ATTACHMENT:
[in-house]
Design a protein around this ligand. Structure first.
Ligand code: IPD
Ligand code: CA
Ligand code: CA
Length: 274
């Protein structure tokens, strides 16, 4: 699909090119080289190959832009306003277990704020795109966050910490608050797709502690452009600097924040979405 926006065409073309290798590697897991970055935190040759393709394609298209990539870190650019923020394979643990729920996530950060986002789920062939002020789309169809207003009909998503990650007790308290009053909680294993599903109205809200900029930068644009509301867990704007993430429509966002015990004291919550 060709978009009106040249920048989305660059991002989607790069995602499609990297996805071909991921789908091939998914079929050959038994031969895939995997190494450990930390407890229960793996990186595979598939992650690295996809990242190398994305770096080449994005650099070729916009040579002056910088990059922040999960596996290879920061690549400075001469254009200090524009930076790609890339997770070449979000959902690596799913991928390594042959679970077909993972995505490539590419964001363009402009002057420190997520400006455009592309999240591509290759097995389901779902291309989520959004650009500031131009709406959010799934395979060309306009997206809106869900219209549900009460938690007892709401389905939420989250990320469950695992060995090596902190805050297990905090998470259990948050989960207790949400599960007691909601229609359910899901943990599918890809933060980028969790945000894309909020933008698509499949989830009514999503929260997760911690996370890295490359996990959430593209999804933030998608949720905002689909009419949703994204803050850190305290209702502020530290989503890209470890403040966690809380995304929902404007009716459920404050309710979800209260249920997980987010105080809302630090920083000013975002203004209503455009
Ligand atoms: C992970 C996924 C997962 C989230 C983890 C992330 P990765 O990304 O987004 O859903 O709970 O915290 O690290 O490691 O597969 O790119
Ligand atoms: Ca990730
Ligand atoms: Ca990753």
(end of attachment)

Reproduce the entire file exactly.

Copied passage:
[in-house]
Design a protein around this ligand. Structure first.
Ligand code: IPD
Ligand code: CA
Ligand code: CA
Length: 274
């Protein structure tokens, strides 16, 4: 699909090119080289190959832009306003277990704020795109966050910490608050797709502690452009600097924040979405 926006065409073309290798590697897991970055935190040759393709394609298209990539870190650019923020394979643990729920996530950060986002789920062939002020789309169809207003009909998503990650007790308290009053909680294993599903109205809200900029930068644009509301867990704007993430429509966002015990004291919550 060709978009009106040249920048989305660059991002989607790069995602499609990297996805071909991921789908091939998914079929050959038994031969895939995997190494450990930390407890229960793996990186595979598939992650690295996809990242190398994305770096080449994005650099070729916009040579002056910088990059922040999960596996290879920061690549400075001469254009200090524009930076790609890339997770070449979000959902690596799913991928390594042959679970077909993972995505490539590419964001363009402009002057420190997520400006455009592309999240591509290759097995389901779902291309989520959004650009500031131009709406959010799934395979060309306009997206809106869900219209549900009460938690007892709401389905939420989250990320469950695992060995090596902190805050297990905090998470259990948050989960207790949400599960007691909601229609359910899901943990599918890809933060980028969790945000894309909020933008698509499949989830009514999503929260997760911690996370890295490359996990959430593209999804933030998608949720905002689909009419949703994204803050850190305290209702502020530290989503890209470890403040966690809380995304929902404007009716459920404050309710979800209260249920997980987010105080809302630090920083000013975002203004209503455009
Ligand atoms: C992970 C996924 C997962 C989230 C983890 C992330 P990765 O990304 O987004 O859903 O709970 O915290 O690290 O490691 O597969 O790119
Ligand atoms: Ca990730
Ligand atoms: Ca990753």